Old” Wood Window/Replacement Window Energy Analysis

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U value of a single pane window (that old wood window): 1.10. ♢ U value of a ... U value of an expensive new double pane thermal replacement window: 0.58.
“OLD” WOOD WINDOW/ REPLACEMENT WINDOW ENERGY ANALYSIS WHAT THOSE HOME IMPROVEMENT ADVERTISEMENTS WON’T TELL YOU! ♦ U value of a single pane window (that old wood window): 1.10 ♦ U value of a single pane window combined with a storm window: 0.50 ♦ U value of an expensive new double pane thermal replacement window: 0.58 (remember that the lower the U value the better. You will note that your old wood window combined with a storm window is about 15% more energy efficient than that new replacement window. Those new windows will cost you, not save you money.) So I don’t have storm windows, the ads say I can save big bucks and lots of energy by replacing those “old” wood windows with replacement windows- right? My “old” windows have beautiful wood and wavy antique glass but they must be costing me a bundle? ♦ Yearly energy saving between a single pane window and a new double pane thermal replacement window (on one 3’ x 5’ window): 625,922 Btu ♦ Annual savings per window if using gas heat at $0.95/therm: $9.65/ year ♦ Simple payback if you assume a decent replacement window will cost $400 installed: $400/ $9.65 year = 41 ½ years!! (Not a good investment. You would do better by putting your money in a bank savings account! Also remember that as most thermal replacement windows will have a life span of 15 to 20 years, they will not last long enough to pay themselves off.)

♦ A new window has an embodied energy of about 2,300,000 Btu used to produce that window. This includes only the energy to produce the window, This does not include the considerable additional embodied energy required to mine and deliver the raw materials, shipping and packaging, delivery, the gas used to drive the contractor’s pickup truck to the job, and the energy needed to dispose of the old window. (Embodied energy is the energy used to produce and deliver a building product.) ♦ It will take about 4 years for the energy payback if considering only the production embodied energy. (If you consider the total embodied energy it will take very roughly 6 years before you are saving anybody any energy) Are storm windows a good investment? ♦ Yearly energy saving if a storm window is put over a single pane window (on one 3’ x 5’ window): 722,218 Btu ♦ Annual savings per window if using gas heat at $0.95/therm: $11.72/ year ♦ Simple payback if you assume a storm window will cost $50: $50/ $9.65 year = 4-1/4 years (A good investment. Not only do you get to keep those beautiful wood windows with the wavy glass, but also the storm window will help to protect them. The storms don’t have to be triple track aluminum; wood storm windows with easy glass/ screen exchangeable sashes are readily available.) O.K., I already have wood windows and storm windows, but I hear that those super new windows with low-e glass will save me lots of dough, The ads say I’ll save enough to put my kids through college! ♦ Yearly energy saving between a single pane window combined with a storm and a new low-e double pane thermal replacement window (on one 3’ x 5’ window): 132,407 Btu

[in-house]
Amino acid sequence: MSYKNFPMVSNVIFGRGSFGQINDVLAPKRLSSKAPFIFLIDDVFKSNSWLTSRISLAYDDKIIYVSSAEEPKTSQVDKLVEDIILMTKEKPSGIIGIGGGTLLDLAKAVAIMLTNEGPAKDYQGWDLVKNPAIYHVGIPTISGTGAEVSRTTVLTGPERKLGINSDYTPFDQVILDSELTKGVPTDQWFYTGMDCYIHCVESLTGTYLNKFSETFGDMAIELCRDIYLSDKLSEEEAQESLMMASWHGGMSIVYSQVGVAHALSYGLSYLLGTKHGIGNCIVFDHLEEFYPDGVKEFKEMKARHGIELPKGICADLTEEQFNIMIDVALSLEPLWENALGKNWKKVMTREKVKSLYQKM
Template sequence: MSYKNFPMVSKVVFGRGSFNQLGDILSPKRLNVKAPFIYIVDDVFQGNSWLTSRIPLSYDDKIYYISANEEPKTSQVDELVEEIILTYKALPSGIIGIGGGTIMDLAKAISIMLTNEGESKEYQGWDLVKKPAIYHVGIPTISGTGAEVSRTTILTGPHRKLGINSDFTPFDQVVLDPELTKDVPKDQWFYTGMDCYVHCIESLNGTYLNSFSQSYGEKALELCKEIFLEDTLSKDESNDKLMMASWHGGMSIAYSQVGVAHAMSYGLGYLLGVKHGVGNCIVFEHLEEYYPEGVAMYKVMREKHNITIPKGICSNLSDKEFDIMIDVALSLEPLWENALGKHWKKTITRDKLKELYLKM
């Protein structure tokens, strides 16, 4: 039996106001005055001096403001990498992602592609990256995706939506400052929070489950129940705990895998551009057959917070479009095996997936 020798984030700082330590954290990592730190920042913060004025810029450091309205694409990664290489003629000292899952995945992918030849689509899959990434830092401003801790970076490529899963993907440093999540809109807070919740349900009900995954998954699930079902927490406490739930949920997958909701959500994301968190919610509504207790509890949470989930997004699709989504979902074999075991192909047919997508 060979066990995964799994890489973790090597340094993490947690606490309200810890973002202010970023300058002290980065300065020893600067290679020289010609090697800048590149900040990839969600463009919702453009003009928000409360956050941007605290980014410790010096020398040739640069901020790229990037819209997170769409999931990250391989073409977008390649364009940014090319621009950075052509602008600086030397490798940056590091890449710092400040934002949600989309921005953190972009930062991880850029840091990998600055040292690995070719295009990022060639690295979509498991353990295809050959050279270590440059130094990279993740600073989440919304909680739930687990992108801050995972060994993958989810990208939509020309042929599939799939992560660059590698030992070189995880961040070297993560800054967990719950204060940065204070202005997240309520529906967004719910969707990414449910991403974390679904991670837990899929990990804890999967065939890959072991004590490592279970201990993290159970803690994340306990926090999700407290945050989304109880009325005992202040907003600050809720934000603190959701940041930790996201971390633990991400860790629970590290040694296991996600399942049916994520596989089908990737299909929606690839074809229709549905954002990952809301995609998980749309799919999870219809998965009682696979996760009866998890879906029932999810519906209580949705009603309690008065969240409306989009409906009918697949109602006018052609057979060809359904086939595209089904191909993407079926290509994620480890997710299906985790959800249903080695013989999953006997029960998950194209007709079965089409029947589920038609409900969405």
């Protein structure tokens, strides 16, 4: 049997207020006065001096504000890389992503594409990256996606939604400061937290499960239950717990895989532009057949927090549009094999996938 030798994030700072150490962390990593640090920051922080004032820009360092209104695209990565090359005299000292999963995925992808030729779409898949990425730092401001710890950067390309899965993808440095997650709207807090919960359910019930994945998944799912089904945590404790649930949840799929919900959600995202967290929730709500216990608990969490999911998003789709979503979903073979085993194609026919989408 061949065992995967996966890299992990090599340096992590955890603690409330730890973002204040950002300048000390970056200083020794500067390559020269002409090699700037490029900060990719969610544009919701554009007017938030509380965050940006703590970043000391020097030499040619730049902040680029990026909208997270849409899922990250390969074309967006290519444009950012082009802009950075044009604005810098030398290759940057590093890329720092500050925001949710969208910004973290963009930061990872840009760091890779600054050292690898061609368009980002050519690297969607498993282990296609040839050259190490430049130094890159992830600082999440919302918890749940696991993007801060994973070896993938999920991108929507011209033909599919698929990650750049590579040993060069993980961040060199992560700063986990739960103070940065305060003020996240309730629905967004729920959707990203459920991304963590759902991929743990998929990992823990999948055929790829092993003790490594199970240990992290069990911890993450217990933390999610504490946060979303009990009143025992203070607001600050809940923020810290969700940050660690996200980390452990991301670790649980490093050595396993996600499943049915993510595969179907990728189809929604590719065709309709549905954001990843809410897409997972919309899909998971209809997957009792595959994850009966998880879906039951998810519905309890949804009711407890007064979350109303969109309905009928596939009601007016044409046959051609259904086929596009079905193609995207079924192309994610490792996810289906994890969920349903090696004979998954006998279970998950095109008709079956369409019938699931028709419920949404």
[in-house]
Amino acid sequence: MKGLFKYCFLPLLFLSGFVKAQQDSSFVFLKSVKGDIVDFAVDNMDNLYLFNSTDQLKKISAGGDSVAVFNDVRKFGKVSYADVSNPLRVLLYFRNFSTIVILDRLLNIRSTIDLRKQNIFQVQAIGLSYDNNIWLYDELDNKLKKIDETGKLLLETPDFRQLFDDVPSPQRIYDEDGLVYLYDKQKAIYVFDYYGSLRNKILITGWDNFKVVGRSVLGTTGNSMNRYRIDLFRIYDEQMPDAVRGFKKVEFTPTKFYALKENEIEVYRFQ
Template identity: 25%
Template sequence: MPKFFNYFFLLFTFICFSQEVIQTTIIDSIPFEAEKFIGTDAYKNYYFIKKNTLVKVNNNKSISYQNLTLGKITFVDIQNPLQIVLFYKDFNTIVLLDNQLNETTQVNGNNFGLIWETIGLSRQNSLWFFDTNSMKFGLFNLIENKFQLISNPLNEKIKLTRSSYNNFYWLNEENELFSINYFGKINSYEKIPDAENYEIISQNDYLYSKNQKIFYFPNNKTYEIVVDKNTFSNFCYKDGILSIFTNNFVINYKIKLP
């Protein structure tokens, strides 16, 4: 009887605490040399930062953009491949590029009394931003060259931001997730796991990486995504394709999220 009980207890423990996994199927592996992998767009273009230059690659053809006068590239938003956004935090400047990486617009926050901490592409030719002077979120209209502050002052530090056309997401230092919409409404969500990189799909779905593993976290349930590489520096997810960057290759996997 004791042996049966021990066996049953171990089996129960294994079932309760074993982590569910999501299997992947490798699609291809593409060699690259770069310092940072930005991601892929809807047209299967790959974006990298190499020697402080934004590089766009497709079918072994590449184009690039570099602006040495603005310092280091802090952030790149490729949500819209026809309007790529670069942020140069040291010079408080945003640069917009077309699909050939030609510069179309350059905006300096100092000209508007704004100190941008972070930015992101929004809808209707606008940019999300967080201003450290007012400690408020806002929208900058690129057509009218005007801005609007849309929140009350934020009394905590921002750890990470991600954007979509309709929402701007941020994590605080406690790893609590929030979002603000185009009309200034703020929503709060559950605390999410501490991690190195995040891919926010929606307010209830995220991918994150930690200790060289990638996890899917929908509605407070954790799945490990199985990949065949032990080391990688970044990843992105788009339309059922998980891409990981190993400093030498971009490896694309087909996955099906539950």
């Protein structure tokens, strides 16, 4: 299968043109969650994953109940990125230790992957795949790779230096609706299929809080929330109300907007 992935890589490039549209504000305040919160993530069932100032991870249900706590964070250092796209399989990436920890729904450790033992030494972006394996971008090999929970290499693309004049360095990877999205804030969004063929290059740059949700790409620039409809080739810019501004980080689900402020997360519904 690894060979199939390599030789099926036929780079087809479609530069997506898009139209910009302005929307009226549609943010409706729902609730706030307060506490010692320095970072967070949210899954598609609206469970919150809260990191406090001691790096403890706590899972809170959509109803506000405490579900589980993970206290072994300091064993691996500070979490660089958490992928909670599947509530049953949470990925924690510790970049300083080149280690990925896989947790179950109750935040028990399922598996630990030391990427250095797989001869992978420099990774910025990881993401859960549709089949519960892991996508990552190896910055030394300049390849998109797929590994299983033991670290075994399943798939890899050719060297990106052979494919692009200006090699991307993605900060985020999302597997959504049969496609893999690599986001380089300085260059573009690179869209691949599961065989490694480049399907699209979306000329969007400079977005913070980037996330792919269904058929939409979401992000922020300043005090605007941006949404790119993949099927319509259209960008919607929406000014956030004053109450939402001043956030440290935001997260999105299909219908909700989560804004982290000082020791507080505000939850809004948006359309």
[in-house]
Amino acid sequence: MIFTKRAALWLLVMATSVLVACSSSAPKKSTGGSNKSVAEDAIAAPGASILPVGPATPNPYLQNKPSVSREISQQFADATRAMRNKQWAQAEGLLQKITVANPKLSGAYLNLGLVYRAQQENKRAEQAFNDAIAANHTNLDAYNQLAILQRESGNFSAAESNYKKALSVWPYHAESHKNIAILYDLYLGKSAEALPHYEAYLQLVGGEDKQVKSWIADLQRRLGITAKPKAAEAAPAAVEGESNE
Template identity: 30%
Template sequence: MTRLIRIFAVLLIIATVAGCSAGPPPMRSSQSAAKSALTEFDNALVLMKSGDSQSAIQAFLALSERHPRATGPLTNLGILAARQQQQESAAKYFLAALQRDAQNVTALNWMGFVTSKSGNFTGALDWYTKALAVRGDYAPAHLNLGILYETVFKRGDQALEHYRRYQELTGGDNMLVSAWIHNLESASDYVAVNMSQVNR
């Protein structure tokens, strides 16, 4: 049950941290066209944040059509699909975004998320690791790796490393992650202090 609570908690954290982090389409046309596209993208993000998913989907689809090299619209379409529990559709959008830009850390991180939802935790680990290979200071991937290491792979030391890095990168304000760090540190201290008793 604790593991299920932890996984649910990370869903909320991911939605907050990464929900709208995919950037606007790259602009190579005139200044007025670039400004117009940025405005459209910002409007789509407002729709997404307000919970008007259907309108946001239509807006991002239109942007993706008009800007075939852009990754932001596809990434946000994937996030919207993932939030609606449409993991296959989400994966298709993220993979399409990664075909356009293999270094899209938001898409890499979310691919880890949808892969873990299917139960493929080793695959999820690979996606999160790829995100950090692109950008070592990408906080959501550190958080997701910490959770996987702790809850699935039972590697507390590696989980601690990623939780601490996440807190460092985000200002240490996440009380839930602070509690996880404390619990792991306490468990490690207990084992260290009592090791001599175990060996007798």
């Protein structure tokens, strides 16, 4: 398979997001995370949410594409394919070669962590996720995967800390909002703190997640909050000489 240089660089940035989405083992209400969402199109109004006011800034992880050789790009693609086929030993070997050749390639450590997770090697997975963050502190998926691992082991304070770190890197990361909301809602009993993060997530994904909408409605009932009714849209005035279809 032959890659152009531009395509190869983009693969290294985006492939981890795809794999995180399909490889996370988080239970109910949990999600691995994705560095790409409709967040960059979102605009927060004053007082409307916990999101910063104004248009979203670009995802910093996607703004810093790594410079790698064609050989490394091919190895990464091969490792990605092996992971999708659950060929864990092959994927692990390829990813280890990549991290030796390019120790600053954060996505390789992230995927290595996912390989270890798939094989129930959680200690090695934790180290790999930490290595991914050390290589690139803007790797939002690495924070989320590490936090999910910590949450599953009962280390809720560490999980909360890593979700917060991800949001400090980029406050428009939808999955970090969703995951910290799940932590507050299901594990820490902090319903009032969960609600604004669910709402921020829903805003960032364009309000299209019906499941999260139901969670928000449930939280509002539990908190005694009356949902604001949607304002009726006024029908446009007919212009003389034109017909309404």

♦ Annual savings per window if using gas heat at $0.95/therm: $2.03/ year ♦ Simple payback if you assume a decent low-e replacement window will cost $450 installed: $450/ $2.03 year = 222 years!! (The windows must last pretty long and your kids better live pretty long for this investment to work. In reality the window may last 20 years.) But what about the environment and the energy crises, I’m willing to pay a little money to help. ♦ It will take about 17-1/3 years for the energy payback if considering only the production embodied energy. (If you consider the total embodied energy, it will take over 20 years before you are saving anybody any energy. As the window will probably not last that long, you are being an energy waster by replacing those windows not an energy saver, not to mention filling the landfill with more building debris when you get rid of that old window.) Keeping and maintaining those beautiful old wood windows is “recycling” in its most energy saving, economical, and earth friendly form. Keith Haberern Professional Engineer, R.A. Chairman: Collingswood,NJ, Historic District Comm.

Reprinted with permission from Keith Haberern. But Keith is not the only one. When faced with $12,000 for replacing 21 existing windows in his own house, Don Hartley, Utah State Historical Society architect, figured a 77 year payback on the so-called “investment.” Instead he refinished, weather-stripped and added storms for $5000. and took $7000 to the bank. See the full article, WHEN YOUR WINDOWS WANT ATTENTION at: http://history.utah.gov/historicpreservation/windows.html

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